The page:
Saturday Night Fever

You should be dancin'! 40th Anniversary Screening - The Director's Cut

If you were not around in late 1977, you may not fully appreciate the seismic wave that SATURDAY NIGHT FEVER sent through the world.

It was not the movie that invented disco; disco had been around in one form or another since DJs figured out how to extend mixes of danceable songs back in the 1960s, and it had boogied into the mainstream in the early '70s, with such hard-hitting hits as The O'Jays' "Love Train," TSOP's  "The Sound of Philadelphia," Gloria Gaynor's "Never Can Say Goodbye," and Van McCoy's "The Hustle."



But SATURDAY NIGHT FEVER suddenly awakened America to the trappings of disco culture. Yes, there was the music, but there were also the dances, the hypnotic light shows, the glamour, the clothes and, in the era before AIDS, casual sex, steamy one-night-stands, cocaine and cocktails... you get the picture. Suddenly, even the suburbanites who had never dreamed of going clubbing were clustered by the velvet rope at their neighborhood disco, hoping they would be judged hip enough to get in.

The phenomenon began with a New York magazine story by Nik Kohn called "Tribal Rites of the New Saturday Night," published in June 1976. The piece explored the life of an 18-year-old subject identified only as "Vincent," identified as "the very best dancer in Bay Ridge" and the master of the dance floor. "Everybody knew him," Kohn wrote. "When Saturday night came round and he walked into 2001 Odyssey, all the other Faces automatically fell back before him, cleared a space for him to float in, right at the very center of the dance floor."

The profile caught the attention of producer/mogul Robert Stigwood, who paid Kohn $90,000 for the rights to his material (no word on whether or not Stigwood got a refund a few years later when Kohn finally confessed his "journalism" was mostly hogwash and fantasy). A screenplay was commissioned that would suit Stigwood's client, John Travolta, then best known for his stint on TV's "Welcome Back, Kotter" and for causing millions of teens around the world to swoon in the TV-movie "The Boy in the Plastic Bubble."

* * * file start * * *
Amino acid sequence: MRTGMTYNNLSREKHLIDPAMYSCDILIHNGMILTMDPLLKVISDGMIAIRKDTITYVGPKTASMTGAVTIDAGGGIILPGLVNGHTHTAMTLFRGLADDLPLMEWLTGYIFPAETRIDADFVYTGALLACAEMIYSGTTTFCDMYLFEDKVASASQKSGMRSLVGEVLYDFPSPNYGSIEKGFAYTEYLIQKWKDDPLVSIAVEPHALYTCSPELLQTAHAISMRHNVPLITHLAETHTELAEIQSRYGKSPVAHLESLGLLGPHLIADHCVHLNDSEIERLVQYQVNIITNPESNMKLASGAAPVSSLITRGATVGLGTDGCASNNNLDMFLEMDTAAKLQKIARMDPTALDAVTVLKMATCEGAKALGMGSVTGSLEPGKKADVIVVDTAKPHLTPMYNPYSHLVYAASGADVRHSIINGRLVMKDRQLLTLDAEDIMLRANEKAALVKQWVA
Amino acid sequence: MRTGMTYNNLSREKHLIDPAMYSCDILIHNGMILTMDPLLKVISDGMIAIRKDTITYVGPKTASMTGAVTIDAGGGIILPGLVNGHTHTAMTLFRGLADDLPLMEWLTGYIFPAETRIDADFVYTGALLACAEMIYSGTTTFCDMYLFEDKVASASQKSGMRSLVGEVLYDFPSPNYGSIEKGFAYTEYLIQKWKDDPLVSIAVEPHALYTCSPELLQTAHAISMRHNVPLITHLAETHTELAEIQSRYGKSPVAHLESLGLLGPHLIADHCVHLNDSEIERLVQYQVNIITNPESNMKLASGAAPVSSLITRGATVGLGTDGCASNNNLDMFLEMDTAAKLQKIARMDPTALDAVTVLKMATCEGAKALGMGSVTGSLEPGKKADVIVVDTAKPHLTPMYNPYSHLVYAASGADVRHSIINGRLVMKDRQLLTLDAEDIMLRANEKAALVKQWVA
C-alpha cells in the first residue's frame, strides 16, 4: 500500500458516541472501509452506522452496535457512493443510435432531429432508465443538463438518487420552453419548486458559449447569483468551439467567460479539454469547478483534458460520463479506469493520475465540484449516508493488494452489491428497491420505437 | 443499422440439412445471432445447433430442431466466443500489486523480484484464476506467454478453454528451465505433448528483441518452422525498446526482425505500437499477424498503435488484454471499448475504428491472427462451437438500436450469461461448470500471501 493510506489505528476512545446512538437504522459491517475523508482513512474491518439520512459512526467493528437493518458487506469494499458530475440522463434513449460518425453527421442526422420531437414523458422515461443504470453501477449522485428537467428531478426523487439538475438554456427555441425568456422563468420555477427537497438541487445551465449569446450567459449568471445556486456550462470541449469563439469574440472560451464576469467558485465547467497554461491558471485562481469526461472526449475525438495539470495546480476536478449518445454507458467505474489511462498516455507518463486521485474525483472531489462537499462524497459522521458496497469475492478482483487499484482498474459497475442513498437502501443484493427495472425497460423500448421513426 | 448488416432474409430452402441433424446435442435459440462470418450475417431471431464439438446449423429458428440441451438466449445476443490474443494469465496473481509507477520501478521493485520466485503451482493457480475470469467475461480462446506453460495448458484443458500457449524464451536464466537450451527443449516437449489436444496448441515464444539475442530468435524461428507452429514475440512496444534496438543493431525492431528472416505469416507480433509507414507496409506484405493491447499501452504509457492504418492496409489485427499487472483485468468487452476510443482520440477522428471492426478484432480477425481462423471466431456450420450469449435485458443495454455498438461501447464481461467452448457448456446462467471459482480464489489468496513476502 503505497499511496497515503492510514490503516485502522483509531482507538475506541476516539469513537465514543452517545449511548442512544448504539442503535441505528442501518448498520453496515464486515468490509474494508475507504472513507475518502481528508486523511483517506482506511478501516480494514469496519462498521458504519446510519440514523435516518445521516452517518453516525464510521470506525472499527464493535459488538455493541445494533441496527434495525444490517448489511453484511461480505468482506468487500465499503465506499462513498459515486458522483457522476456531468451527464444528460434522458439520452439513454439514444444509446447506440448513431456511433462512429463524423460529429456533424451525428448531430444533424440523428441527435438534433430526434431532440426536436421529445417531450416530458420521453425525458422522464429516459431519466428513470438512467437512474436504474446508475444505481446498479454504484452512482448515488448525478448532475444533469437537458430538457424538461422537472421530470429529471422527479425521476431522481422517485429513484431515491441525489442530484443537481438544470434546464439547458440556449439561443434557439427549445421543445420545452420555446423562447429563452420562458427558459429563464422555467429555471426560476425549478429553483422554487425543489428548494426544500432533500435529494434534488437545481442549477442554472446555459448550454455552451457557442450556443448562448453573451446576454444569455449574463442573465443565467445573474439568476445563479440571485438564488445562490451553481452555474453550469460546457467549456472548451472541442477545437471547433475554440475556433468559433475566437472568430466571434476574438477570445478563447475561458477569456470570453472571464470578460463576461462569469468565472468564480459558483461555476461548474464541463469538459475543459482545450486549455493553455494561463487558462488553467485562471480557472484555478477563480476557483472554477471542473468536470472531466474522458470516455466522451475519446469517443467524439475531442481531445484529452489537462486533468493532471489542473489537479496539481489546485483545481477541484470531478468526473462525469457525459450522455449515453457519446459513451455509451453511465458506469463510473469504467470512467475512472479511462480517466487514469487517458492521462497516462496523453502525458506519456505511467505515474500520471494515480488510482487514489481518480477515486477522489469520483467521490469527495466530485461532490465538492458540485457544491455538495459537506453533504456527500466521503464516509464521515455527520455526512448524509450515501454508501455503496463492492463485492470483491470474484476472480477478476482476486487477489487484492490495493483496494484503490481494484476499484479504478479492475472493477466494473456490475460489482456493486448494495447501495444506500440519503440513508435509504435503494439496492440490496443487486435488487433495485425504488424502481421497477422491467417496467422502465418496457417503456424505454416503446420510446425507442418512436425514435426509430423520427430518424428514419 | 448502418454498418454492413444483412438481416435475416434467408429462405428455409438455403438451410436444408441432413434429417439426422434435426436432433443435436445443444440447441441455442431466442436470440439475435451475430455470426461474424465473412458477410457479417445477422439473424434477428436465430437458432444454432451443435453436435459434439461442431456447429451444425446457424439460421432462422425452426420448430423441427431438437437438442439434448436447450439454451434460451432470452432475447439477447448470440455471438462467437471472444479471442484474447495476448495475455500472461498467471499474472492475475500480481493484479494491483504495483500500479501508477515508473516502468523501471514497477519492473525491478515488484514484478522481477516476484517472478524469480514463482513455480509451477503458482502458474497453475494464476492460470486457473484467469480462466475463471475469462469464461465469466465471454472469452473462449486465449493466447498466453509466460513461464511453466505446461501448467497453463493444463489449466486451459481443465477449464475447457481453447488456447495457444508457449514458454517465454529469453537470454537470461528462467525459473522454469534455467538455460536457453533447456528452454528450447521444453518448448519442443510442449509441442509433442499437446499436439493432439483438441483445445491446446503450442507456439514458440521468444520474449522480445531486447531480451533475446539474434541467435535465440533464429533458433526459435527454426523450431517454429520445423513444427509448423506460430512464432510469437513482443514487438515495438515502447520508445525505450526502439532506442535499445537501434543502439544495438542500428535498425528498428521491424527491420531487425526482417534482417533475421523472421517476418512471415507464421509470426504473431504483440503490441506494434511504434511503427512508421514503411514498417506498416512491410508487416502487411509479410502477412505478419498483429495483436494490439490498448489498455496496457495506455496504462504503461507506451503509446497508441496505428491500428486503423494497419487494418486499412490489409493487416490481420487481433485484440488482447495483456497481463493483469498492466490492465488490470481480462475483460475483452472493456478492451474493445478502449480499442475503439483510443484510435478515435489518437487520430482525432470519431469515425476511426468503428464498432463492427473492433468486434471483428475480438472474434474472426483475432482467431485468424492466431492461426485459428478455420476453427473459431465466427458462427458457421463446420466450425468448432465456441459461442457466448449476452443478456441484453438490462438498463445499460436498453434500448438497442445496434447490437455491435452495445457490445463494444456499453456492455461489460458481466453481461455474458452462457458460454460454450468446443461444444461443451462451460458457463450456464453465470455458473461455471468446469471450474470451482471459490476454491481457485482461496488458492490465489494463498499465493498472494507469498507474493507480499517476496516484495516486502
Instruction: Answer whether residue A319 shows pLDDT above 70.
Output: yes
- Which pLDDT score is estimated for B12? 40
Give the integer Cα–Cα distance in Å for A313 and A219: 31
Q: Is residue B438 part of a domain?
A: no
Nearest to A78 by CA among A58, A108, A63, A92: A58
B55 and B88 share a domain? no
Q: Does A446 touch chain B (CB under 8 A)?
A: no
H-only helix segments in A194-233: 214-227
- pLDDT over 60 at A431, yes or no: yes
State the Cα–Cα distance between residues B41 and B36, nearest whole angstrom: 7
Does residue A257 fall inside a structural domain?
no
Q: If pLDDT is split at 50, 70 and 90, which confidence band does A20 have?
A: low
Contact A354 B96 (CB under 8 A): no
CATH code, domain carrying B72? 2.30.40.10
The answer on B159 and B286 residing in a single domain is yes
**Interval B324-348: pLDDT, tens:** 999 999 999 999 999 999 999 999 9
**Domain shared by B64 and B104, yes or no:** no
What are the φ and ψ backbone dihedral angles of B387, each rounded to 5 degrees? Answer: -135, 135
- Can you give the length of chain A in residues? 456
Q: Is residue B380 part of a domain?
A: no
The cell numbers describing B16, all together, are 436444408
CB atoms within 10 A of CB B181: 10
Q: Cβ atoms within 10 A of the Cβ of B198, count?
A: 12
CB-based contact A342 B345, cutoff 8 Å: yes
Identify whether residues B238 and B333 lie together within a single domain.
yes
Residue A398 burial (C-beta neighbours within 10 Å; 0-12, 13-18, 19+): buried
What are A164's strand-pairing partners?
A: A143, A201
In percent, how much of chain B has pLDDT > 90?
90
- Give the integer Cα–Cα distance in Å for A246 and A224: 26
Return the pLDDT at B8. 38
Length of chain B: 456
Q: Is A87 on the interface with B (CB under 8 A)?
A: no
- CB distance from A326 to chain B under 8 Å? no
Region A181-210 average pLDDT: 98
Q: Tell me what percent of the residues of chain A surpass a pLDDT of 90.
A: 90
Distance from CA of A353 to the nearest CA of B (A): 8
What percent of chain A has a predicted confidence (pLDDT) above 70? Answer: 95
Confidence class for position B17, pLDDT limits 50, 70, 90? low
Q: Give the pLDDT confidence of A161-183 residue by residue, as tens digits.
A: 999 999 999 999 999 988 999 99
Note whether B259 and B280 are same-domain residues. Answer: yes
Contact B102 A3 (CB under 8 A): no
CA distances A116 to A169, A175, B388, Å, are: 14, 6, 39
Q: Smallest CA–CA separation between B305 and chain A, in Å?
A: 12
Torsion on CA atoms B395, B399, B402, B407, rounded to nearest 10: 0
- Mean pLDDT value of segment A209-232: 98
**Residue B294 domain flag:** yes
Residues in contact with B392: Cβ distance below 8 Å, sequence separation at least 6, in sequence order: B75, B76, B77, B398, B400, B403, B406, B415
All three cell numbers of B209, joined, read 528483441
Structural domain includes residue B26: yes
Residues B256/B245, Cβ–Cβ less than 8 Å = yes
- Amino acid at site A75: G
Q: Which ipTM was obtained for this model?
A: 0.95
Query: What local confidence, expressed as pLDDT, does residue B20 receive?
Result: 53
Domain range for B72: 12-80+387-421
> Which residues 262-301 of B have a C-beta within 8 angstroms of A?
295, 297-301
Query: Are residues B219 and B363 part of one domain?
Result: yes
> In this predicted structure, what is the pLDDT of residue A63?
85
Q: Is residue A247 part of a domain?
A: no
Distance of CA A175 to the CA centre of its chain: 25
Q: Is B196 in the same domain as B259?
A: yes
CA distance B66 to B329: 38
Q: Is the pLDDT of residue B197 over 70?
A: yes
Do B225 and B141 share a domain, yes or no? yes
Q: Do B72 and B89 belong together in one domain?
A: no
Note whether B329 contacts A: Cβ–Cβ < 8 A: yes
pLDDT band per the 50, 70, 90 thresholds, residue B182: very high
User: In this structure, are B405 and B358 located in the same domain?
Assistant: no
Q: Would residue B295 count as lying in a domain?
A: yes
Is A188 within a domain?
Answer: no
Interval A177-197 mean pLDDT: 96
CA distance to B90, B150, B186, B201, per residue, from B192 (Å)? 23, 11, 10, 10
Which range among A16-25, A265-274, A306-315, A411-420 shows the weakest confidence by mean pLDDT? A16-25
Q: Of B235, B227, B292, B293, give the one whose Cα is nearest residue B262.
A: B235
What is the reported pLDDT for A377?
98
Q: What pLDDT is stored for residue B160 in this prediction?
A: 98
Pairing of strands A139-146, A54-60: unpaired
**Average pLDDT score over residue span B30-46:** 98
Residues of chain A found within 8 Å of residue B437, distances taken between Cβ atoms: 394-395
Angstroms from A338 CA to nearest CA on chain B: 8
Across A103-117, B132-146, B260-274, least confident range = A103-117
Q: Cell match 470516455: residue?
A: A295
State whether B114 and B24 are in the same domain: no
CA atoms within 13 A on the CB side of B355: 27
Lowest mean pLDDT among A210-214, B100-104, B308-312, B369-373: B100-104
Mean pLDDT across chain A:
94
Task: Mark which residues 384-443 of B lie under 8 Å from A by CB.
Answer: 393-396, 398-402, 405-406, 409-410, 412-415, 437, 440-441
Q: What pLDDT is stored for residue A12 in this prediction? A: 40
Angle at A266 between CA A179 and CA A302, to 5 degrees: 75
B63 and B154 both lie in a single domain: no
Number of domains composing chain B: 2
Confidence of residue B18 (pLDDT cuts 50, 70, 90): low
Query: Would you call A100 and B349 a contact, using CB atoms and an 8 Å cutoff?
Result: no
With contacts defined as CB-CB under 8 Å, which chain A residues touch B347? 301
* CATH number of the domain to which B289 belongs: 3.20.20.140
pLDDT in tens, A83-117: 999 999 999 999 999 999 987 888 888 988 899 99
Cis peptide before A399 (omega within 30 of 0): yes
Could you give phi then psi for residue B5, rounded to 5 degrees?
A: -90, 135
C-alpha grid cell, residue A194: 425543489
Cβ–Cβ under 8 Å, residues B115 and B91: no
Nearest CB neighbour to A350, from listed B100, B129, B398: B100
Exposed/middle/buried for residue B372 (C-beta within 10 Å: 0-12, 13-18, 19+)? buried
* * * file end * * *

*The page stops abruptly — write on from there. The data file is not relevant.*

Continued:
Norman Wexler (SERPICO) crafted the script -- simply titled SATURDAY NIGHT -- which turned "Vincent" into Tony Manero, a Bay Ridge teen who works at a paint store and lives for Saturday nights, when he and his friends can take over 2001 Odyssey, the local disco. Eventually, Tony crosses paths with Stephanie (Karen Lynn Gorney), a Brooklyn-born secretary who has made the leap across the bridge to Manhattan. Stephanie becomes Tony's dance partner for a competition, as well as giving him his first clear idea of what can happen when you transcend the world in which you've grown up.

The project was never originally intended to be more than a modest vehicle for Travolta. But before it opened across America in time for Christmas, SATURDAY NIGHT had become SATURDAY NIGHT FEVER, The Bee Gees' "How Deep Is Your Love," the first single from the soundtrack, had rocketed to No. 1 on the Billboard charts and the hype was inescapable. It was a pop-culture perfect storm.

Yet this would become one of the first times that a movie -- huge as it was at the box office -- stood in the shadow of its soundtrack. Blame it on The Bee Gees, an Australian trio slowly making a comeback after enjoying great success a few years earlier and then falling out of fashion shortly afterward. Barry, Maurice and Robin Gibb were working on material for a new album and their songs caught Stigwood's ear: Although they seem to have been custom-crafted for the movie, "Stayin' Alive," "How Deep Is Your Love," "More Than a Woman" and "If I Can't Have You" were actually finished even before the group saw a rough draft of the screenplay.

The album spent six months at No. 1 on the album chart, selling more than 15 million copies in the U.S. It would remain the top soundtrack of all time until THE BODYGUARD out-sold it almost 15 years later.

As for the movie, it became both a massive box office success and an Oscar nominee (Travolta was up for best actor, but lost to Richard Dreyfuss in THE GOODBYE GIRL). Travolta was no longer regarded as a TV personality -- he had been anointed as a top-shelf movie star, a verdict that would be confirmed six months later when GREASE opened. As for Gorney, things did not work out so excitingly: "I think that what happened is that I was so vulnerable and scared, whatever people projected on me, I became," she told The Los Angeles Times in 1990. "People thought I was that person in the movie, and I became that -- instead of someone who was stable and whole and had some sense of herself."

A bit of trivia: Since so many kids wanted to see SATURDAY NIGHT FEVER but could not buy a ticket because of the justly deserved R rating, Paramount took the unusual step of issuing a PG-rated recut of the movie that softened the profuse profanities and cleaned up the gritty sex scenes, as well as including a few previously unseen sequences. The move worked, and SATURDAY NIGHT FEVER found a very receptive new audience of trend-crazy teens. (James Sanford)


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